• WIPO Performances and Phonograms Treaty
  • Madrid Agreement and Protocol
  • ASEAN Framework Agreement on Intellectual Property Cooperation
  • ASEAN Trade in Goods Agreement

 

Trade marks in the Philippines

Applications for trade marks are handled by the Bureau of Trademarks at the Intellectual Property Office. According the Philippines’ Intellectual Property Code (Republic Act No. 8293), a trade mark is “any visible sign capable of distinguishing the goods (trade mark) or services (service mark) of an enterprise.” Trade marks can come in a variety of shapes and sizes, so defining what constitutes a trade mark is difficult. The Philippines does, however, define what cannot be a trade mark:

  • Marks which bear national flags or coats of arms and names or likenesses of living people (unless they have given their consent)
  • Marks which are identical to a registered mark of a different proprietor and could cause confusion
  • Marks which are identical to, confusingly similar to, or translated from a well-known international mark (whether the mark has been registered in the Philippines or not)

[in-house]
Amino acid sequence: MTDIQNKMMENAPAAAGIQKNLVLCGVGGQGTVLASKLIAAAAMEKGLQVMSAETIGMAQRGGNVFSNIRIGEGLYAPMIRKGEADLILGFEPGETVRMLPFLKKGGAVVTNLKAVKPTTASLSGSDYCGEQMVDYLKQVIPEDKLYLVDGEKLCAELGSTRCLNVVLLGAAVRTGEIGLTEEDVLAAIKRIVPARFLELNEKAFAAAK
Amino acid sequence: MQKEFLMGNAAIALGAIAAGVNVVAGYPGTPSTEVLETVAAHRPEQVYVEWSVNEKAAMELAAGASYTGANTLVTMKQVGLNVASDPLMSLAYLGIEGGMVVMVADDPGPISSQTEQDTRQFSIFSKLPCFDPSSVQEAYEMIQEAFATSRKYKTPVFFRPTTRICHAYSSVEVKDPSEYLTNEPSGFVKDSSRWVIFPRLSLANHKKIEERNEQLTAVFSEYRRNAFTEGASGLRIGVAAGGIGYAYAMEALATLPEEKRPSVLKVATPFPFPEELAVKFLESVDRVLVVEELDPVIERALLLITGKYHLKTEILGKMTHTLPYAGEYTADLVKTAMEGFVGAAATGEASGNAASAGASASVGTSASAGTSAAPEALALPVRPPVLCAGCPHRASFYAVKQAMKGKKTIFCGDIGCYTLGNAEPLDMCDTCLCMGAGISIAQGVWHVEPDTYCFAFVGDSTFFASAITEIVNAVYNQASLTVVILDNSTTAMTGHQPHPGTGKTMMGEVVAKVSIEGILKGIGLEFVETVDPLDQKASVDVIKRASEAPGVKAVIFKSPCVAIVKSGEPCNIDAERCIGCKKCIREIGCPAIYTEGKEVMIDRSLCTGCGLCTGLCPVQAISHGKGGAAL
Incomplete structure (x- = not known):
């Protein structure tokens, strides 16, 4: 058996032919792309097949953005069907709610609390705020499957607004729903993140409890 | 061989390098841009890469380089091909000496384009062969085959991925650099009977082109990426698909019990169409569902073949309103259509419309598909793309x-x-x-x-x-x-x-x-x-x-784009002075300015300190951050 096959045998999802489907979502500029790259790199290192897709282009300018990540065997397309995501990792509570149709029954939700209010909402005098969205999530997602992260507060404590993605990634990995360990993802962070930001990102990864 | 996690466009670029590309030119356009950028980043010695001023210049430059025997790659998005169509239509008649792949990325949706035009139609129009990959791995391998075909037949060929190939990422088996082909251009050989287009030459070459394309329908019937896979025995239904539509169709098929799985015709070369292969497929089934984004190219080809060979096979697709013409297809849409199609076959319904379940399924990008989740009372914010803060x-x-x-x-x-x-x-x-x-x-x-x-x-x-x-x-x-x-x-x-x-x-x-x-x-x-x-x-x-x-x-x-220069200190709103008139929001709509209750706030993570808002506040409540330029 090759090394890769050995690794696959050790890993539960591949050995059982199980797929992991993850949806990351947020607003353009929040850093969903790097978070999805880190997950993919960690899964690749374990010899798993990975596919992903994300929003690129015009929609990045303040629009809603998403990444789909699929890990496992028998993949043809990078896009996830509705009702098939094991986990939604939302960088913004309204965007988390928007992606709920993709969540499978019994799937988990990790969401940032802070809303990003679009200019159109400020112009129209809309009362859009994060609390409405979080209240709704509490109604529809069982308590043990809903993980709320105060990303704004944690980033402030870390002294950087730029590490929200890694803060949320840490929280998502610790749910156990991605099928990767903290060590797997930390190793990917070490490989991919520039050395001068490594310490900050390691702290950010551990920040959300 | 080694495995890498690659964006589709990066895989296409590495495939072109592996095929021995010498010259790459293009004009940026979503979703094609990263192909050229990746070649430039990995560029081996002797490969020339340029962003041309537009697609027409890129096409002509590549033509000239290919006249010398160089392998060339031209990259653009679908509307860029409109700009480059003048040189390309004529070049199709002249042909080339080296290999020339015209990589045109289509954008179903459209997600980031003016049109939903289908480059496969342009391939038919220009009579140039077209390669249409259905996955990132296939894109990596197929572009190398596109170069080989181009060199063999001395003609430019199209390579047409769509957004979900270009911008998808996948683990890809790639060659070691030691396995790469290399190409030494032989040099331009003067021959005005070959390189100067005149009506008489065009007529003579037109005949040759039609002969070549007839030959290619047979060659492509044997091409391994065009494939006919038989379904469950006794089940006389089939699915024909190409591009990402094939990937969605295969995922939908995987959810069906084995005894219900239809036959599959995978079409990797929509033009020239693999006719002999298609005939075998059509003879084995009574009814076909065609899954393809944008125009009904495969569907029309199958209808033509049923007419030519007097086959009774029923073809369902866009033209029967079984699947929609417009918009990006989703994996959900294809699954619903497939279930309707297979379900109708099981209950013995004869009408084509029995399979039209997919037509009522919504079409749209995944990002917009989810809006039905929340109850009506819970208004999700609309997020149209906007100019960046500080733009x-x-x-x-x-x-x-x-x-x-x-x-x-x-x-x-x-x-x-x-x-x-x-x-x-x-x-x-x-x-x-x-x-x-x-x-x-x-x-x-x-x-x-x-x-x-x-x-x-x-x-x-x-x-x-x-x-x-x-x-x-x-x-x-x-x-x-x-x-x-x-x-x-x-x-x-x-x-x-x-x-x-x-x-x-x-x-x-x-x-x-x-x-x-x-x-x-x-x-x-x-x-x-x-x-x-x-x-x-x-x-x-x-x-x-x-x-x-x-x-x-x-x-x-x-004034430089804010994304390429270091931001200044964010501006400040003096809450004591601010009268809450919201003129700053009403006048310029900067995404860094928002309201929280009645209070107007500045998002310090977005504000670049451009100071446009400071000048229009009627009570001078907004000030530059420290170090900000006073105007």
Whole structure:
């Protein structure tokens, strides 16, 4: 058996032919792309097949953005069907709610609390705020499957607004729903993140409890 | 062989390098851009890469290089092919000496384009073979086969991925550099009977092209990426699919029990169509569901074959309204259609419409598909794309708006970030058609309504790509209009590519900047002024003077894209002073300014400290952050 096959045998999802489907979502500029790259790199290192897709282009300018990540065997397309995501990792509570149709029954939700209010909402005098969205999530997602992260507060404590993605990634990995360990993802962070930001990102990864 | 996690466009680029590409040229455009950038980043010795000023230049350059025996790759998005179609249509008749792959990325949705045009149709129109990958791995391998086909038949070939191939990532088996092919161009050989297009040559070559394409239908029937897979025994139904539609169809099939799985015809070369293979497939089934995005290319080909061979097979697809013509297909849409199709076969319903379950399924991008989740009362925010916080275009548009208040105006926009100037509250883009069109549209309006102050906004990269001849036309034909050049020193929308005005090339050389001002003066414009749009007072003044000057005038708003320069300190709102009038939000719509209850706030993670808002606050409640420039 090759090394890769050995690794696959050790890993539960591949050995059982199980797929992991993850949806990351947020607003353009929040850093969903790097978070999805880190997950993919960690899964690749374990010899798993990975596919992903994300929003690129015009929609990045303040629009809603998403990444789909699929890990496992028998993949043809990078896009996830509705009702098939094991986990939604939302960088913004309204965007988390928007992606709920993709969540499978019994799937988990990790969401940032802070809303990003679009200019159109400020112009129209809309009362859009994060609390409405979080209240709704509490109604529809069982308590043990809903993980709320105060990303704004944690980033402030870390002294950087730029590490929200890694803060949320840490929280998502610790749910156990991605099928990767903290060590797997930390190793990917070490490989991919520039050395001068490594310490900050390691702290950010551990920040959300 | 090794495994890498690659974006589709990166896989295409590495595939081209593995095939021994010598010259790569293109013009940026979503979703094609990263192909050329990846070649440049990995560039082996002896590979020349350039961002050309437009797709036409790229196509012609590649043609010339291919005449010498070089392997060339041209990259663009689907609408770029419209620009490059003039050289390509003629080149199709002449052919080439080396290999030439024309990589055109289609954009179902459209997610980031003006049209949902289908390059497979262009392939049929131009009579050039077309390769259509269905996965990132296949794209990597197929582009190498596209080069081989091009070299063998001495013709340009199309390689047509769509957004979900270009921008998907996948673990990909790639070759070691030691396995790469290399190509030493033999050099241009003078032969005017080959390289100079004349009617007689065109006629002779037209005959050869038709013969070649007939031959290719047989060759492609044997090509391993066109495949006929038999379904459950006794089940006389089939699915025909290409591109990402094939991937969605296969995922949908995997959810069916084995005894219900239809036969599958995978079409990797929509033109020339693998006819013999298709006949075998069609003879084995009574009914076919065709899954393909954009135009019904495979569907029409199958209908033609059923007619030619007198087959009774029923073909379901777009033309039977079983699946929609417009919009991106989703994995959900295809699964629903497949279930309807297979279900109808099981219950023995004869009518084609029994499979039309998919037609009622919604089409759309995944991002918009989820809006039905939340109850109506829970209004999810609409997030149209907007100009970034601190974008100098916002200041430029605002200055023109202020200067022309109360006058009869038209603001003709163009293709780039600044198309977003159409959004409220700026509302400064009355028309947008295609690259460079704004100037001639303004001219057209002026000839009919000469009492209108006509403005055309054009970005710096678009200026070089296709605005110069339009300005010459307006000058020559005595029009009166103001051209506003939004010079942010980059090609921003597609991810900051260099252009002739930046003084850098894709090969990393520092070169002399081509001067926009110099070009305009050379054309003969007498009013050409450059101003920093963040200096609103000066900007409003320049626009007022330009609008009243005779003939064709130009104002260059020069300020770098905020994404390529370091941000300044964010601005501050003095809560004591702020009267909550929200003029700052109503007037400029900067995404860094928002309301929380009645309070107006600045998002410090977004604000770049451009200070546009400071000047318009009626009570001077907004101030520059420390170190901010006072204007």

• Marks which mislead the public as to the good’s quality, characteristics, or origin
  • Marks which are too general, too widely used, or too dictated by the nature of the product
  • Marks which are just a colour

 

Applying for a trade mark

Applications can be made in either English or Filipino. An application for a trade mark must pay the requisite fees and must contain:

  • A request for registration of the mark*
  • Information identifying the applicant, which nationality the applicant holds or where he resides, and the country where the applicant has a real commercial establishment*
  • The country where the applicant is a legal entity
  • One or more reproductions of the mark*
  • A transliteration or translation of the mark
  • A signature or other self-identification of the applicant or his representative
  • The names for the goods or services for which registration is sought, grouped according to and labelled under the classes of the Nice Classification*
  • Payment of the required fee*
  • (if the agent does not reside in the Philippines) Information for an appointed agent or representative*